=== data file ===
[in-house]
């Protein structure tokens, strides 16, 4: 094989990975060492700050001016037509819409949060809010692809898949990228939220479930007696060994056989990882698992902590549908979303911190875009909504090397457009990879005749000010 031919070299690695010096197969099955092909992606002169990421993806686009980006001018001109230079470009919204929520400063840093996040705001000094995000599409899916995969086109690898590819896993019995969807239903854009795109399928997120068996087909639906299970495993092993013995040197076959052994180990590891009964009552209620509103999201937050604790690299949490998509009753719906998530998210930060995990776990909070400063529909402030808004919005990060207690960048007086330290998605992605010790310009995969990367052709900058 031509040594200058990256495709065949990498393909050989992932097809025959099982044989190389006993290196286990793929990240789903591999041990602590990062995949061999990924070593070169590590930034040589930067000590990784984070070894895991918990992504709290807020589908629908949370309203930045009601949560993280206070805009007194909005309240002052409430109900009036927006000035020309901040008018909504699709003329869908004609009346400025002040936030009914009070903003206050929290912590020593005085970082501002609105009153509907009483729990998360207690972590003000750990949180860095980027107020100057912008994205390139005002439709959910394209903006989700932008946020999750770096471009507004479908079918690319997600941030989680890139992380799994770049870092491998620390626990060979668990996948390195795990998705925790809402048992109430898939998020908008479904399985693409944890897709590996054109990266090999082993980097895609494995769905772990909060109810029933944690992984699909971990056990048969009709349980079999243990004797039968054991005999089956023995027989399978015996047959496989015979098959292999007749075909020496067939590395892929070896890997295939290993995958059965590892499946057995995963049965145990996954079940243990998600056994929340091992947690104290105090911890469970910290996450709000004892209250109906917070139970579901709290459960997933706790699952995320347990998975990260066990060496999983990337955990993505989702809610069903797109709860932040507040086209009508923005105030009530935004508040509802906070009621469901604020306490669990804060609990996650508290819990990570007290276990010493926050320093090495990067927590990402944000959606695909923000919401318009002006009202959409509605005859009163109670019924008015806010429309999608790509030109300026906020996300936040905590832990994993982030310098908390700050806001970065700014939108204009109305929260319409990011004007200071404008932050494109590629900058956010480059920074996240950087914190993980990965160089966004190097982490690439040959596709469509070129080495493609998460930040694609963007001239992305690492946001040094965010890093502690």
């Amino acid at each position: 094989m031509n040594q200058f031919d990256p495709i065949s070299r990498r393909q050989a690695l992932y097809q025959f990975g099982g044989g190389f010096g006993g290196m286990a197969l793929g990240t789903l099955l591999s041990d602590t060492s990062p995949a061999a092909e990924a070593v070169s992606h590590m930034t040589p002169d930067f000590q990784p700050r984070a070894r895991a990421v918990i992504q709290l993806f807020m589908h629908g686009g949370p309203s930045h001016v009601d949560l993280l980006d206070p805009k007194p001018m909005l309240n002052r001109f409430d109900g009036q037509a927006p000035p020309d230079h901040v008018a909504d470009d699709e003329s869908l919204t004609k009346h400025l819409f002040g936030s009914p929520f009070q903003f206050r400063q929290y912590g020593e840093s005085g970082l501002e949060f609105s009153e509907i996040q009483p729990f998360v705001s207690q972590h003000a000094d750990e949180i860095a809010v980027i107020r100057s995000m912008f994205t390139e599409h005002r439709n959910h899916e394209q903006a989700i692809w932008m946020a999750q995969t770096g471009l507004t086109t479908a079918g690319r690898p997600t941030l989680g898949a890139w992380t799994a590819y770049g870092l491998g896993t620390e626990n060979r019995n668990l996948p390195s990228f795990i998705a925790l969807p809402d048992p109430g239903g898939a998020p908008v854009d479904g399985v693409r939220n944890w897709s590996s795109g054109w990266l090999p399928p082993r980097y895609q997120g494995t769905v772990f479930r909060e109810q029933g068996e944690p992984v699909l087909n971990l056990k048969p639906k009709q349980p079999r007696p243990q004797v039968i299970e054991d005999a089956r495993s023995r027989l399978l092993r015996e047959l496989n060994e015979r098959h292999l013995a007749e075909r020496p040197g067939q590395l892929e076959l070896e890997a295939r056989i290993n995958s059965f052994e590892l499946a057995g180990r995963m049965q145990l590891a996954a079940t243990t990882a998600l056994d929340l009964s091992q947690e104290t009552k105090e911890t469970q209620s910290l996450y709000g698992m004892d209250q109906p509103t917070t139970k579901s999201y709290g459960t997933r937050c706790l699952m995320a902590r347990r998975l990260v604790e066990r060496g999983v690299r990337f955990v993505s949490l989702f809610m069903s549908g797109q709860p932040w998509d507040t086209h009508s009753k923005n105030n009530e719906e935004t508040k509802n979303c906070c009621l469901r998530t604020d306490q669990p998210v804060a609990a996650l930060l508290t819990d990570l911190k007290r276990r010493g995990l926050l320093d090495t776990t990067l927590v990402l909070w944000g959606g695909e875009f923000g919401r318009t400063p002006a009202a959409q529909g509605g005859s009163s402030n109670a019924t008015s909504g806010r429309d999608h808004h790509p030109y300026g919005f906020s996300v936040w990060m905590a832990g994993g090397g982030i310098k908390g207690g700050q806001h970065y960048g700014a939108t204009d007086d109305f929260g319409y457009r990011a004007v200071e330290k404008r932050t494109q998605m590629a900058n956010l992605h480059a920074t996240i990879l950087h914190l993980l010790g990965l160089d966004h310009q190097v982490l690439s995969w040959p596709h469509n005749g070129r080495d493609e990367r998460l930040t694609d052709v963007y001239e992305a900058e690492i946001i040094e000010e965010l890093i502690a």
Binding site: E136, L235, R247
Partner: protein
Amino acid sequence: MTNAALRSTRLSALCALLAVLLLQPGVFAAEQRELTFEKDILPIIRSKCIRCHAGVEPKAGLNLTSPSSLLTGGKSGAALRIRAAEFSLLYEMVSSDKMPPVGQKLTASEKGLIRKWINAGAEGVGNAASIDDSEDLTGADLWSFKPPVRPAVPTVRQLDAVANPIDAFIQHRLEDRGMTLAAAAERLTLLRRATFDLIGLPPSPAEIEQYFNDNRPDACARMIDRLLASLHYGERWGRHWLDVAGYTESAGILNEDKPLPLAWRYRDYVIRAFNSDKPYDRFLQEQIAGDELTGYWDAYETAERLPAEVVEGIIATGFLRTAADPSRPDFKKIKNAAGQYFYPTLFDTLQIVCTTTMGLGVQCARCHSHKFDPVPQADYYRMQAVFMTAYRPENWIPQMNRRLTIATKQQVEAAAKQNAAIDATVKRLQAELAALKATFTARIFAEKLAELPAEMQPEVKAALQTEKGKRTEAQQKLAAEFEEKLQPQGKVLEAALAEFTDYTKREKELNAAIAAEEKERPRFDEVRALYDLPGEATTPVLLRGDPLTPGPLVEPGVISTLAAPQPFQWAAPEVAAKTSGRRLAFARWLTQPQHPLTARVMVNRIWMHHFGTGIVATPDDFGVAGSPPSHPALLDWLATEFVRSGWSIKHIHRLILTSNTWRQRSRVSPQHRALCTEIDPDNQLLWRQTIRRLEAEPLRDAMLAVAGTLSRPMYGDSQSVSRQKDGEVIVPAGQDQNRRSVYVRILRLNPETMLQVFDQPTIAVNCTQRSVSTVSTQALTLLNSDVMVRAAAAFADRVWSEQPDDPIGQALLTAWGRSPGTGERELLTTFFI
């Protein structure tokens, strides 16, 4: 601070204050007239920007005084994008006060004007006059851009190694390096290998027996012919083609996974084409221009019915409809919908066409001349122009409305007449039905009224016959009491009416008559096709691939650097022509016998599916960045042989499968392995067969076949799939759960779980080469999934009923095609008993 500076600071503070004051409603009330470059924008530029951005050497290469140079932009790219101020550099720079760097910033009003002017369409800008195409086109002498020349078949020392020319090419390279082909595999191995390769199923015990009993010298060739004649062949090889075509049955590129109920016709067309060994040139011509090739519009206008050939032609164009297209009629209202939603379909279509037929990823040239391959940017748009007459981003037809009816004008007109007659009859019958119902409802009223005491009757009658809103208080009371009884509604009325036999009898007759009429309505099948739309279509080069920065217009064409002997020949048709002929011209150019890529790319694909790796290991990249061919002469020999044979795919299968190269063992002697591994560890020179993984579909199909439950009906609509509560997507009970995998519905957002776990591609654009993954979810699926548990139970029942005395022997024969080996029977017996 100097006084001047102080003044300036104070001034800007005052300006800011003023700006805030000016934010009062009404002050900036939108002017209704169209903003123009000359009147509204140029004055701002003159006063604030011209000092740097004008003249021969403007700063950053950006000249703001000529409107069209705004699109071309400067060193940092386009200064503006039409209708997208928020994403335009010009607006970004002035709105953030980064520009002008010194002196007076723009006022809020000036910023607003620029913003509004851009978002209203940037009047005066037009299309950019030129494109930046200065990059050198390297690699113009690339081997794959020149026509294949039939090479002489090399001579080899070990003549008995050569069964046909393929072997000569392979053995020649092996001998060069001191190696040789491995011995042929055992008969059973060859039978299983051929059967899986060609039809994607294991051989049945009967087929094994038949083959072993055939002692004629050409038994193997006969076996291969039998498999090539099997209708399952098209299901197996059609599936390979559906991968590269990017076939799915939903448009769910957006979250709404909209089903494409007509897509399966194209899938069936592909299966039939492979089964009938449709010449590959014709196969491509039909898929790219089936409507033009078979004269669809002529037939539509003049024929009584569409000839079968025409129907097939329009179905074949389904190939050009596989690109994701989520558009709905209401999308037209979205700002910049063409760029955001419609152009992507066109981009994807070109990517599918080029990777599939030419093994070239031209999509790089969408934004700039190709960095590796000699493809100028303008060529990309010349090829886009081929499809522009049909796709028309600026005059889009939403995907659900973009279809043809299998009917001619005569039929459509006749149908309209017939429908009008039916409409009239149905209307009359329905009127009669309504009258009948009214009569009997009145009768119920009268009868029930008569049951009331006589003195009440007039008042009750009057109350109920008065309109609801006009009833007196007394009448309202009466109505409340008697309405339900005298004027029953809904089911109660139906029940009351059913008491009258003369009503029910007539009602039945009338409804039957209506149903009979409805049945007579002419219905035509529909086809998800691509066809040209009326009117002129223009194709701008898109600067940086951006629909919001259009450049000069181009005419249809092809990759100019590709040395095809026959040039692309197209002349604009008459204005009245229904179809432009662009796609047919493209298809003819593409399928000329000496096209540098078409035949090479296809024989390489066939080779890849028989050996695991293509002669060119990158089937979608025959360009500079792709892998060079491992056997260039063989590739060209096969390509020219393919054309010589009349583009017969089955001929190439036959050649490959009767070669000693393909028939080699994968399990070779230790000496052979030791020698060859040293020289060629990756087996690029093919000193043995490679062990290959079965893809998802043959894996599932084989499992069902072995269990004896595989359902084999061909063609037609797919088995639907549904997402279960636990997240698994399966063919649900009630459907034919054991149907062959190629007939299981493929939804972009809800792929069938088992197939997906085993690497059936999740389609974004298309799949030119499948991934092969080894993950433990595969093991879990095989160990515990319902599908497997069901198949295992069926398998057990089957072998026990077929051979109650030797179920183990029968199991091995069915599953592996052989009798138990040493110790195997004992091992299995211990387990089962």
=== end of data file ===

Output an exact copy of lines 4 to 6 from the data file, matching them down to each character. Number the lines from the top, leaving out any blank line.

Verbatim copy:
Binding site: E136, L235, R247
Partner: protein
Amino acid sequence: MTNAALRSTRLSALCALLAVLLLQPGVFAAEQRELTFEKDILPIIRSKCIRCHAGVEPKAGLNLTSPSSLLTGGKSGAALRIRAAEFSLLYEMVSSDKMPPVGQKLTASEKGLIRKWINAGAEGVGNAASIDDSEDLTGADLWSFKPPVRPAVPTVRQLDAVANPIDAFIQHRLEDRGMTLAAAAERLTLLRRATFDLIGLPPSPAEIEQYFNDNRPDACARMIDRLLASLHYGERWGRHWLDVAGYTESAGILNEDKPLPLAWRYRDYVIRAFNSDKPYDRFLQEQIAGDELTGYWDAYETAERLPAEVVEGIIATGFLRTAADPSRPDFKKIKNAAGQYFYPTLFDTLQIVCTTTMGLGVQCARCHSHKFDPVPQADYYRMQAVFMTAYRPENWIPQMNRRLTIATKQQVEAAAKQNAAIDATVKRLQAELAALKATFTARIFAEKLAELPAEMQPEVKAALQTEKGKRTEAQQKLAAEFEEKLQPQGKVLEAALAEFTDYTKREKELNAAIAAEEKERPRFDEVRALYDLPGEATTPVLLRGDPLTPGPLVEPGVISTLAAPQPFQWAAPEVAAKTSGRRLAFARWLTQPQHPLTARVMVNRIWMHHFGTGIVATPDDFGVAGSPPSHPALLDWLATEFVRSGWSIKHIHRLILTSNTWRQRSRVSPQHRALCTEIDPDNQLLWRQTIRRLEAEPLRDAMLAVAGTLSRPMYGDSQSVSRQKDGEVIVPAGQDQNRRSVYVRILRLNPETMLQVFDQPTIAVNCTQRSVSTVSTQALTLLNSDVMVRAAAAFADRVWSEQPDDPIGQALLTAWGRSPGTGERELLTTFFI